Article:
Although the main structure of your body consists of your skeletal and muscular systems, you also have tissues that keep everything connected and stable:
- Ligaments attach bones to other bones
- Tendons attach muscles to bones
The largest tendon in the body is the Achilles tendon, which attaches the calf muscle to the heel bone and allows you to perform activities where you lift your heel off the ground, including walking and running, climbing stairs, jumping, and standing on your tiptoes.
Though tendons and ligaments are strong and flexible, they can be damaged due to overuse, strain, an injury, or even certain illnesses.
What Are the Causes and Symptoms of an Achilles Tendon Rupture?
There are a few different conditions that can affect the Achilles tendon:
- Tendonitis is a common condition that usually includes pain and tenderness in the heel.
- Tendinosis, which sounds similar to tendinitis, occurs when the tendon is not just tender, but has started to degenerate.
- Retrocalcaneobursitis, also known simply as bursitis, occurs when the small cushioning sac (retrocalcaneal bursa) between the heel bone and the Achilles tendon becomes inflamed.
- Achilles tendon rupture, also known as an Achilles tear, is a severe injury where the tendon is torn off.
Situations that put you at greater risk of an Achilles tendon rupture include:
- Sudden movements — running, jumping, or cutting — when the tendon hasn’t been properly stretched
- Stress on the tendon while you already have tendonitis
- Certain foot conditions
- Some kinds of diseases, such as gout and arthritis
- A family history of Achilles tendon rupture
While there are some conditions that you’ll acquire without noticing any symptoms, an Achilles tendon rupture presents symptoms you will likely notice immediately:
- A popping or snapping sound the moment the injury occurs
- Pain (sometimes severe) in the heel and calf
- Swelling in the heel
- An inability to bend your foot downward, stand on the toes of the affected leg, and trouble pushing off that leg when walking
How to Prevent an Achilles Tendon Rupture
Treating an Achilles tendon rupture will likely involve staying off the affected leg (meaning you’ll need crutches and a support boot) and rehabilitation, in addition to possible surgery.
Fortunately, there are some steps you can take to reduce the risk of an Achilles tendon rupture, especially if you plan to participate in activities that can put extra stress on the tendon.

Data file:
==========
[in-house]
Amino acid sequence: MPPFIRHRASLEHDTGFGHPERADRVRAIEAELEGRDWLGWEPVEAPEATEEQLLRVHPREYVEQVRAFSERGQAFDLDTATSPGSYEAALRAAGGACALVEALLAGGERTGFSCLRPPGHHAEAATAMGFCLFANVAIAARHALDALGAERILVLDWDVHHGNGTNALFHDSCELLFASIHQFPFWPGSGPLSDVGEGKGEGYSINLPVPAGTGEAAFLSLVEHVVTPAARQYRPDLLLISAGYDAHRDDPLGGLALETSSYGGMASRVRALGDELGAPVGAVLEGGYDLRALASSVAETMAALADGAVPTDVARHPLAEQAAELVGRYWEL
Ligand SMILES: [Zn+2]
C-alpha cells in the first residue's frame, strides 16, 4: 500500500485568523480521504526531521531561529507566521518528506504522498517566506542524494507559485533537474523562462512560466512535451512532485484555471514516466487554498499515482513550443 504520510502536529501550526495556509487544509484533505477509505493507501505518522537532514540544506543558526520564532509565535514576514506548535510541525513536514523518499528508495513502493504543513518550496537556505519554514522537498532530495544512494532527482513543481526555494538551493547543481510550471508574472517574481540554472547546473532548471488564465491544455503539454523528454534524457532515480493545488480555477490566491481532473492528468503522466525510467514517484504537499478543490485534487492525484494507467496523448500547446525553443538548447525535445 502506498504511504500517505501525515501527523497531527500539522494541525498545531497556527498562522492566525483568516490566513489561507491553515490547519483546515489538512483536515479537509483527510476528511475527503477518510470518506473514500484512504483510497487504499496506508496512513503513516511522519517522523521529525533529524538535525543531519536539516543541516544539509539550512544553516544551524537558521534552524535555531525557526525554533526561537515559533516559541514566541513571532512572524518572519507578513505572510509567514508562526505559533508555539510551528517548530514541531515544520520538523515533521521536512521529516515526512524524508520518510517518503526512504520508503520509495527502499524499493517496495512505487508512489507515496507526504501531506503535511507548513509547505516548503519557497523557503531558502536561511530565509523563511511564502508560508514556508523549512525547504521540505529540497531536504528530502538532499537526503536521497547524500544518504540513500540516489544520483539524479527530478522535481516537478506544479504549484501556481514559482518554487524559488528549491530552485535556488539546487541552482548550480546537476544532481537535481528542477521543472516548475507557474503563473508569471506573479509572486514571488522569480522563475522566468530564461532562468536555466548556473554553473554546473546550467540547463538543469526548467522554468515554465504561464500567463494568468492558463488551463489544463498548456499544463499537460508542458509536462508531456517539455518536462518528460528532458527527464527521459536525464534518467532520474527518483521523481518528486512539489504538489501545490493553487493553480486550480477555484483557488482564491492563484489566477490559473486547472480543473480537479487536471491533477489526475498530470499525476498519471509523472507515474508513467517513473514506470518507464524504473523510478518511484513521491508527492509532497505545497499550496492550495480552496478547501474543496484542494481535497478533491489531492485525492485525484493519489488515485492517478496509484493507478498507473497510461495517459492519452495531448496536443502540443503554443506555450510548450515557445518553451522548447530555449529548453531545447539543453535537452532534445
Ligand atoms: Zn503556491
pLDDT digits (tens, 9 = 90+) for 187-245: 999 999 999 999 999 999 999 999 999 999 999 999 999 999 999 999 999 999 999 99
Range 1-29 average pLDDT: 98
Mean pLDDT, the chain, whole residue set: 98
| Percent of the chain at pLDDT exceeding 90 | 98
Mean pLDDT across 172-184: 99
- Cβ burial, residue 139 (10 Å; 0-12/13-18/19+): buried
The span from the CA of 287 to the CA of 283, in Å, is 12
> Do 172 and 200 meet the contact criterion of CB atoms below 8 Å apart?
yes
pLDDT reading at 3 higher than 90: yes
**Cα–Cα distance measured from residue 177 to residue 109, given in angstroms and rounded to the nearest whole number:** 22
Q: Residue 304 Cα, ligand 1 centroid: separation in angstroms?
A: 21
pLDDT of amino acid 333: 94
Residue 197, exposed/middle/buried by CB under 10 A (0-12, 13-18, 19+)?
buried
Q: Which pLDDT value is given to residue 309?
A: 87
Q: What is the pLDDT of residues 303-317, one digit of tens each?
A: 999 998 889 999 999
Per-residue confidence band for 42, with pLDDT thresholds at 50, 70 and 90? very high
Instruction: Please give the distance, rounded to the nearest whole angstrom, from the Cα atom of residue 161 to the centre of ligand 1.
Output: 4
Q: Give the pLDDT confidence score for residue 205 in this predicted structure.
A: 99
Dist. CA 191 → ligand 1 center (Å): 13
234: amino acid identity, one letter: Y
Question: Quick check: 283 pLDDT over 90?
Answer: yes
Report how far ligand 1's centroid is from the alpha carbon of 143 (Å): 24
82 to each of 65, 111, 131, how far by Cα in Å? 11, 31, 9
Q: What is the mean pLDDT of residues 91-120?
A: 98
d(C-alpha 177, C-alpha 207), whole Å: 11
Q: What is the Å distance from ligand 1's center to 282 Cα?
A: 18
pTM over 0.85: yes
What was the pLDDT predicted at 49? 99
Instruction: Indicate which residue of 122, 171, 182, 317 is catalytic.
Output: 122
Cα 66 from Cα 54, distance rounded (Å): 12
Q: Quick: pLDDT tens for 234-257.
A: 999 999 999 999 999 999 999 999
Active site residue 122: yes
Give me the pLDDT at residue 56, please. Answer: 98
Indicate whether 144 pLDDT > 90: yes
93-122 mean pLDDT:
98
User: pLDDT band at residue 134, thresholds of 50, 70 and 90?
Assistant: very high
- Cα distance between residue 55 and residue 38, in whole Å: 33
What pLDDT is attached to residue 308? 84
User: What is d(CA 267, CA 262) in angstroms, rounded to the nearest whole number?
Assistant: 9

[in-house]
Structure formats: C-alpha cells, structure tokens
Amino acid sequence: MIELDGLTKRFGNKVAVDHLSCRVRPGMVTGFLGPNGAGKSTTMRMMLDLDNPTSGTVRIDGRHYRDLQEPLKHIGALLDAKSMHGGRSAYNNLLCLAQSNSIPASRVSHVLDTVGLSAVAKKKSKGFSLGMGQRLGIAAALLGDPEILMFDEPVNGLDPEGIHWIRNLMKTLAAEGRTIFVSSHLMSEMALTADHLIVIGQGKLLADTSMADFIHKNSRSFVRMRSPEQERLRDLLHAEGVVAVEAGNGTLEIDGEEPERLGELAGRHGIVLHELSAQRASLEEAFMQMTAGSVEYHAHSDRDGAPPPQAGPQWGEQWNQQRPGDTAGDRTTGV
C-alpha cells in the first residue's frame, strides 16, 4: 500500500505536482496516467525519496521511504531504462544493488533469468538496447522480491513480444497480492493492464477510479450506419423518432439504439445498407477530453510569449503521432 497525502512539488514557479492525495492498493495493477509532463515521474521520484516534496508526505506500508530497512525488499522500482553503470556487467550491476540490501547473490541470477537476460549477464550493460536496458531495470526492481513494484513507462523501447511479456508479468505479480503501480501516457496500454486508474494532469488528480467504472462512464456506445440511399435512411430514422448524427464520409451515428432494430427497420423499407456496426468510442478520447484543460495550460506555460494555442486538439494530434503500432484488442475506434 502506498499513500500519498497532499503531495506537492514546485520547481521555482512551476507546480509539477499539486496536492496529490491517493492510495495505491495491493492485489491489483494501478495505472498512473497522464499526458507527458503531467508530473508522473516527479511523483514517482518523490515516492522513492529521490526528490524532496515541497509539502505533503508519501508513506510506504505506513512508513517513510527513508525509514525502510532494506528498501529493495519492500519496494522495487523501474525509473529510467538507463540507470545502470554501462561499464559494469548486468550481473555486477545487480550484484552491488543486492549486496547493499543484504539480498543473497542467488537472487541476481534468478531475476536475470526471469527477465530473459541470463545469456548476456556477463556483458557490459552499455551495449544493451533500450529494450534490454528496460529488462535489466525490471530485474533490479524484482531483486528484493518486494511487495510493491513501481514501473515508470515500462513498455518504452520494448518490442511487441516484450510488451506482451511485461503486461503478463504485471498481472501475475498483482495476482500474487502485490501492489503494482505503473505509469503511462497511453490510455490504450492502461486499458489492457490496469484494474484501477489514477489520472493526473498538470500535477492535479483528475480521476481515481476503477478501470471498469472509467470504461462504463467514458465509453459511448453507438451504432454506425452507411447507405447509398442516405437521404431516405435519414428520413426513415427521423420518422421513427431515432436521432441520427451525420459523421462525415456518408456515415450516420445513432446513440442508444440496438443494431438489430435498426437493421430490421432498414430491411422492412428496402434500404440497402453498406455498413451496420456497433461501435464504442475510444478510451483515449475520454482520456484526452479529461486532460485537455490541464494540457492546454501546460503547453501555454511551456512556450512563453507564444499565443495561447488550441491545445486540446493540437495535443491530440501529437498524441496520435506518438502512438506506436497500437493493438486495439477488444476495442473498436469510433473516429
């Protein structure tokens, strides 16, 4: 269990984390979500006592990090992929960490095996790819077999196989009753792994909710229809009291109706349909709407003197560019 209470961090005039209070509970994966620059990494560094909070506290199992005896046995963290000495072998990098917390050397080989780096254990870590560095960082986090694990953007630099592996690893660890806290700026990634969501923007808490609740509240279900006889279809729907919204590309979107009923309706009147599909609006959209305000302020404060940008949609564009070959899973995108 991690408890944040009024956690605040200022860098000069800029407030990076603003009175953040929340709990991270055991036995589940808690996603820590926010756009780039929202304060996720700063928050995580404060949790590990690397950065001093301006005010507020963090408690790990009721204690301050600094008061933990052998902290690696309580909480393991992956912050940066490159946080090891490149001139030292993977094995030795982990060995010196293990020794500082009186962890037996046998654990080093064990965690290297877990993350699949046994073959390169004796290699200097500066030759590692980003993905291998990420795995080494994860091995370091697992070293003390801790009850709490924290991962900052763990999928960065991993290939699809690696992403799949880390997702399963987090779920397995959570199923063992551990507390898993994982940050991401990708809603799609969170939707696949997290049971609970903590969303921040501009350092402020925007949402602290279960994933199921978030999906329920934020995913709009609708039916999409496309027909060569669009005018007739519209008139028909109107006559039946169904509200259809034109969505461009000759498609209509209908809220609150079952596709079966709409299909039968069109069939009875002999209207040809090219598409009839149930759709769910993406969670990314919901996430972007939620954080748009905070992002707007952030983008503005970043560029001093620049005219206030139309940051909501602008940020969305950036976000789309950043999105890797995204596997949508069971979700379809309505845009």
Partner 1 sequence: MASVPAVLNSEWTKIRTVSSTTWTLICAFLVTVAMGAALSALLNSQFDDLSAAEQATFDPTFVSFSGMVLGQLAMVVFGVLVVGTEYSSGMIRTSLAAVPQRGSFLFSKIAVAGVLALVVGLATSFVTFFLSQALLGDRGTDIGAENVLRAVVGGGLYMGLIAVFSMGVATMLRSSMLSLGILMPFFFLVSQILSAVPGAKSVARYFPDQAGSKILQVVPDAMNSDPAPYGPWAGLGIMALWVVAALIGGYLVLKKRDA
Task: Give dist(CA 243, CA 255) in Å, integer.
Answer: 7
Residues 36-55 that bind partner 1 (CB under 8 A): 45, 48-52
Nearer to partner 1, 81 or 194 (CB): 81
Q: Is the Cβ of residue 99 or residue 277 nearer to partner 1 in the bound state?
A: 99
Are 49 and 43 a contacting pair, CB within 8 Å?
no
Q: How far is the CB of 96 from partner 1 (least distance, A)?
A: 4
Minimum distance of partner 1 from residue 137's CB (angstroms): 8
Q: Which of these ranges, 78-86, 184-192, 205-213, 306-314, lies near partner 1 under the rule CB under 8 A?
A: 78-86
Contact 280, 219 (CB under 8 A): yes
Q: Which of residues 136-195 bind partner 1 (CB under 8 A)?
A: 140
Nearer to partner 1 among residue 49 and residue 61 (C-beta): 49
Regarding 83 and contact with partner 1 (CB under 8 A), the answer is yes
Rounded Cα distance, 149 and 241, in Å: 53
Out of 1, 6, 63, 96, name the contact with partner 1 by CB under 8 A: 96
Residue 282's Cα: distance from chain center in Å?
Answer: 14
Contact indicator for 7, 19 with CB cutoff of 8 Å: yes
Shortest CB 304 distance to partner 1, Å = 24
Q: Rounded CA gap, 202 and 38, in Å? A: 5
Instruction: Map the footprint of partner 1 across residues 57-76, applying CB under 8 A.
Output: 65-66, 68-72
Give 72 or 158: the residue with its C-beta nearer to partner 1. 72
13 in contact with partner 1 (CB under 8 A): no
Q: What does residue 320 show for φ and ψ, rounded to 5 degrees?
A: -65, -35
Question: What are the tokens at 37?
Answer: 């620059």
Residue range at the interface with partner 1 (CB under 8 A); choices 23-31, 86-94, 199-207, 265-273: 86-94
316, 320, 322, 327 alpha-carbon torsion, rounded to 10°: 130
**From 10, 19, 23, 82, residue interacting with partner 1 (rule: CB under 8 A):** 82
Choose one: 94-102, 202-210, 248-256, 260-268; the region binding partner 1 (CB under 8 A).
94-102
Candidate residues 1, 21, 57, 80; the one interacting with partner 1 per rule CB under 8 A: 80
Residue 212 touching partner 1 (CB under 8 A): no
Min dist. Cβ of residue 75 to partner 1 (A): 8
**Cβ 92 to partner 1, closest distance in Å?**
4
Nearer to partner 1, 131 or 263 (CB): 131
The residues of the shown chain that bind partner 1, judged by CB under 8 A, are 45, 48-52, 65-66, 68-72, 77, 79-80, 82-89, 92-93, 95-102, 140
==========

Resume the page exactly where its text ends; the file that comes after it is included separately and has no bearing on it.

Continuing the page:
- Strengthen and stretch the calf muscle. Strong and limber muscles are in better condition to handle stress, and even athletes and weightlifters are cautioned to “Don’t skip leg day.” Stronger leg muscles not only will help prepare your achilles tendon for additional stress and pressure, but will provide greater stability and balance, which will also make you less susceptible to injury. You don’t need a gym or even weights (though you could use them if you wish). You can find simple calf stretches online, including videos to make sure you’re doing them correctly. Make sure you perform them slowly, until you feel a stretch but not pain, and don’t bounce
- Go slow. Just as you don’t push the car’s gas pedal to the floor as soon as the light turns green, you want to gradually increase the intensity of your activity.
- Switch it up! Performing different kinds of exercises will not only prevent boredom and routine, but will help reduce the impact on different parts of your muscles, especially if you do a mix of high-impact (running) and low-impact (swimming) exercises.
- Wear supportive shoes (and other equipment). Many injuries can be traced to footwear that either doesn’t fit right or doesn’t provide the kind of support you need, considering how many steps you take each day. And when you’re participating in a sport, make sure you’re wearing the right kind of shoes for not just the support, but also the traction (whether it’s a basketball court, a track, or a potentially muddy field) the playing area requires.
Contact Our NJ Orthopedic Foot Surgeon About Treating Achilles Tendon Conditions
Schedule an appointment with our NJ orthopedic foot surgeon today about diagnosing and treating foot conditions including Achilles tendon rupture.